That's not a very good comparison. Relentlessflame already told you what he thought about the fanservice in Strike Witches and Vivid Red Operation. I don't see how comparing it to a completely different show with a completely different tone will change his mind.

NoemiChan 2013-01-11 17:19

IMHO the scenes I can call as fanservice in this episode are:

> The bloomers and her butt focus during the opening and
> Butt focus on the transformation scene.

*I also say that the way those girls held hands during the rescue scene is fanservice.. That's not a smart way to held ones hand when attempting a rescue.

Triple_R 2013-01-11 17:25

Quote:

Originally Posted by Obelisk ze Tormentor (Post 4508954)
Fanservice in fights can definitely work as long as the fight itself is presented with comedic or not-so-serious tone (like what we get so far in this anime). But when it comes to serious fight (as in, the fighters can get badly hurt or even die, or the fight itself is intended to cause grief), I agree with Triple R that they should be more focusing on the actual fighting elements as in "attacks thrown, where they hit, and how the combatants respond to the attacks" and the likes. For example, how would you feel if (in Fate/Zero) Ufotable decided to focus on Saberís boobs and ass whenever she fights? I personally will consider it insulting.

Agreed.

Let's say you have a sparring contest between a couple of the Strike Witches and you know that nothing aside from personal pride is on the line here. Then fine, crack out the fanservice, since the fight itself is pretty superfluous anyway.

But if you're having people fight alien monsters that seem bent on destroying the world, then that's kind of serious, if you ask me. :heh:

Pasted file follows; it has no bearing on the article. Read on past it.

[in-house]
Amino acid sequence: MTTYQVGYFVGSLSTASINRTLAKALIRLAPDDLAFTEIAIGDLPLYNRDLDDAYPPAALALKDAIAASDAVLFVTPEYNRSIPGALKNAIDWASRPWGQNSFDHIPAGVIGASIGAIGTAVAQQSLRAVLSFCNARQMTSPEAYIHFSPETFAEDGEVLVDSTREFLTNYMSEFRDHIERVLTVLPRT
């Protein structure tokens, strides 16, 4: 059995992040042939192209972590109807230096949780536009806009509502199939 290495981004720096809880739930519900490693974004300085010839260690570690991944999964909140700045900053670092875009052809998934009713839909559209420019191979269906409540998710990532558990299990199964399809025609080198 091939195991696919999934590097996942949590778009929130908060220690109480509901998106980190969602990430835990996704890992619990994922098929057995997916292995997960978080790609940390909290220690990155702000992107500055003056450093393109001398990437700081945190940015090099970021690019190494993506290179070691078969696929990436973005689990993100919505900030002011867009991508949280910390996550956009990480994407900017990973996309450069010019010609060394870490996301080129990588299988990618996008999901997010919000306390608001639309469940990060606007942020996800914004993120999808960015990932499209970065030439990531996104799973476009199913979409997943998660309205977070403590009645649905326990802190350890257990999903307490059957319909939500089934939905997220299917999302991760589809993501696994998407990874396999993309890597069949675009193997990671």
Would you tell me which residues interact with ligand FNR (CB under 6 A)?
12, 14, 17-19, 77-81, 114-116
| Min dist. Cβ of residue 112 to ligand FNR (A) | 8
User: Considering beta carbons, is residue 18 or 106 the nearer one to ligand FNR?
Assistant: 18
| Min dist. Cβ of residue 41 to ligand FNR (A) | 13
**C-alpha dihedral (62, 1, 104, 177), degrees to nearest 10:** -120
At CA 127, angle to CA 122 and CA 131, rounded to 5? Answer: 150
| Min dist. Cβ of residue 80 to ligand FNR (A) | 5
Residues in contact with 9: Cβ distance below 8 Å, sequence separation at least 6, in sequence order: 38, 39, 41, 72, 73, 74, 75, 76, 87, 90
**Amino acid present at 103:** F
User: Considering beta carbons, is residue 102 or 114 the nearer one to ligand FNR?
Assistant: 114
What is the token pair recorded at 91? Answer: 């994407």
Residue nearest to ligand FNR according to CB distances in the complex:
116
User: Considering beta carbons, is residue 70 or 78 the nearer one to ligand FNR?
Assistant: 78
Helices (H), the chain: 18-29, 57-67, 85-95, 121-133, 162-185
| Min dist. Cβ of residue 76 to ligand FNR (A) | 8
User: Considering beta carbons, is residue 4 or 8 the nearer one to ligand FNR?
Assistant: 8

Quote:

Originally Posted by OceanBlue (Post 4508984)
That's not a very good comparison. Relentlessflame already told you what he thought about the fanservice in Strike Witches and Vivid Red Operation. I don't see how comparing it to a completely different show with a completely different tone will change his mind.

Strike Witches and Vivid Red Operation both seem to be about superpowered girls fighting alien monsters that seem bent on destroying the world. How is that any less serious in tone than trying to win The Holy Grail?

So I think that Obelisk ze Tormentor's comparison is fine.

OceanBlue 2013-01-11 17:31

Quote:

Originally Posted by Triple_R (Post 4508997)
Strike Witches and Vivid Red Operation both seem to be about superpowered girls fighting alien monsters that seem bent on destroying the world. How is that any less serious in tone than trying to win The Holy Grail?

So I think that Obelisk ze Tormentor's comparison is fine.

That's premise, not tone. I can't speak for Vivid Red Operation as we're only one episode in, but I don't see how you can watch Strike Witches and Fate/Zero and say that they tried to convey the same sort of mood.

His comparison is the equivalent of saying that Fate/Zero shouldn't have gore because it would be out of place in Strike Witches.

Triple_R 2013-01-11 17:41

Quote:

Originally Posted by OceanBlue (Post 4509003)
That's premise, not tone. I can't speak for Vivid Red Operation as we're only one episode in, but I don't see how you can watch Strike Witches and Fate/Zero and say that they tried to convey the same sort of mood.

A Superman comic tends to read much "brighter" than a Batman comic but nonetheless if Superman is trying to rescue a crashing plane with lives on the line, that's a serious moment.

Strike Witches is similarly "brighter" than Fate/Zero, but nonetheless what the Strike Witches are doing is often of a serious nature. Something doesn't have to be "dark" in order to be "serious".


What determines the seriousness of an action scene is...

1) What are the stakes? If lives are on the line, it's serious. If it's just somebody's pride on the line, it might be less serious.

2) How much do the participants care about it? The more intense the participants are over it, the more serious it is (unless the high intensity itself is played for laughs, of course).


Quote:

His argument is the equivalent of saying that Fate/Zero shouldn't have gore because it would be out of place in Strike Witches.